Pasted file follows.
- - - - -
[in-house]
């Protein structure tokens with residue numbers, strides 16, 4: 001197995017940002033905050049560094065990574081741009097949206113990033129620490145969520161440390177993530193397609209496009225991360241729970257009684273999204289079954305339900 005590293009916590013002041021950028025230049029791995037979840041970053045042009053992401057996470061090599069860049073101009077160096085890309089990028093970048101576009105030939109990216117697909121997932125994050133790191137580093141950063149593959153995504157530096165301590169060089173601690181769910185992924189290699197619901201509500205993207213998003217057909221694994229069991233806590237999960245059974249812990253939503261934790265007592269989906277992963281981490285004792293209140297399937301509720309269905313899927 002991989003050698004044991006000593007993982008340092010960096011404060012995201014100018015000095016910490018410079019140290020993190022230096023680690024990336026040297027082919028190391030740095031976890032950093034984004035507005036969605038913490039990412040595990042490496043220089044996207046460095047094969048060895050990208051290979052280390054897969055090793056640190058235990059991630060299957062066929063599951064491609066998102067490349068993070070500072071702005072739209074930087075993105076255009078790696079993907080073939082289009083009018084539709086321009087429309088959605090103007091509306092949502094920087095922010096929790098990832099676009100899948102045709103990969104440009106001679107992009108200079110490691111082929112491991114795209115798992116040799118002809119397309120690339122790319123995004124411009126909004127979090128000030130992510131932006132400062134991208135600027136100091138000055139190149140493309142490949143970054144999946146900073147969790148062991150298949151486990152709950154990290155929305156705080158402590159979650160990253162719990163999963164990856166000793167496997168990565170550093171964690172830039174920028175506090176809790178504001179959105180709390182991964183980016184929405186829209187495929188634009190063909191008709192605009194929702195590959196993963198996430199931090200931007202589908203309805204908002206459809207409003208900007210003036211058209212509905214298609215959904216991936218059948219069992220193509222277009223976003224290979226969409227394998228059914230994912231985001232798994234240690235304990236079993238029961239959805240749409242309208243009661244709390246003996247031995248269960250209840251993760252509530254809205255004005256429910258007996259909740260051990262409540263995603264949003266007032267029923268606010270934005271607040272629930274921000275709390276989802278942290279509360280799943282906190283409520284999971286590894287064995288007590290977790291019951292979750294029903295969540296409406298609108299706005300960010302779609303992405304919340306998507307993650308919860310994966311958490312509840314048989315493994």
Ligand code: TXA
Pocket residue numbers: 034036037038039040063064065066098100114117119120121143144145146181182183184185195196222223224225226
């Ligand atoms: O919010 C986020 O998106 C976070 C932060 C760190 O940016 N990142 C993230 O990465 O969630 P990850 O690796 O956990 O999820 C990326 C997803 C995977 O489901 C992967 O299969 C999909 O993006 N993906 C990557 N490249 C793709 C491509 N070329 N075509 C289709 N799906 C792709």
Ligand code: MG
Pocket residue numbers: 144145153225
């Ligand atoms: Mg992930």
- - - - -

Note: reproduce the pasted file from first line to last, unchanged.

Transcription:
[in-house]
């Protein structure tokens with residue numbers, strides 16, 4: 001197995017940002033905050049560094065990574081741009097949206113990033129620490145969520161440390177993530193397609209496009225991360241729970257009684273999204289079954305339900 005590293009916590013002041021950028025230049029791995037979840041970053045042009053992401057996470061090599069860049073101009077160096085890309089990028093970048101576009105030939109990216117697909121997932125994050133790191137580093141950063149593959153995504157530096165301590169060089173601690181769910185992924189290699197619901201509500205993207213998003217057909221694994229069991233806590237999960245059974249812990253939503261934790265007592269989906277992963281981490285004792293209140297399937301509720309269905313899927 002991989003050698004044991006000593007993982008340092010960096011404060012995201014100018015000095016910490018410079019140290020993190022230096023680690024990336026040297027082919028190391030740095031976890032950093034984004035507005036969605038913490039990412040595990042490496043220089044996207046460095047094969048060895050990208051290979052280390054897969055090793056640190058235990059991630060299957062066929063599951064491609066998102067490349068993070070500072071702005072739209074930087075993105076255009078790696079993907080073939082289009083009018084539709086321009087429309088959605090103007091509306092949502094920087095922010096929790098990832099676009100899948102045709103990969104440009106001679107992009108200079110490691111082929112491991114795209115798992116040799118002809119397309120690339122790319123995004124411009126909004127979090128000030130992510131932006132400062134991208135600027136100091138000055139190149140493309142490949143970054144999946146900073147969790148062991150298949151486990152709950154990290155929305156705080158402590159979650160990253162719990163999963164990856166000793167496997168990565170550093171964690172830039174920028175506090176809790178504001179959105180709390182991964183980016184929405186829209187495929188634009190063909191008709192605009194929702195590959196993963198996430199931090200931007202589908203309805204908002206459809207409003208900007210003036211058209212509905214298609215959904216991936218059948219069992220193509222277009223976003224290979226969409227394998228059914230994912231985001232798994234240690235304990236079993238029961239959805240749409242309208243009661244709390246003996247031995248269960250209840251993760252509530254809205255004005256429910258007996259909740260051990262409540263995603264949003266007032267029923268606010270934005271607040272629930274921000275709390276989802278942290279509360280799943282906190283409520284999971286590894287064995288007590290977790291019951292979750294029903295969540296409406298609108299706005300960010302779609303992405304919340306998507307993650308919860310994966311958490312509840314048989315493994």
Ligand code: TXA
Pocket residue numbers: 034036037038039040063064065066098100114117119120121143144145146181182183184185195196222223224225226
């Ligand atoms: O919010 C986020 O998106 C976070 C932060 C760190 O940016 N990142 C993230 O990465 O969630 P990850 O690796 O956990 O999820 C990326 C997803 C995977 O489901 C992967 O299969 C999909 O993006 N993906 C990557 N490249 C793709 C491509 N070329 N075509 C289709 N799906 C792709």
Ligand code: MG
Pocket residue numbers: 144145153225
């Ligand atoms: Mg992930």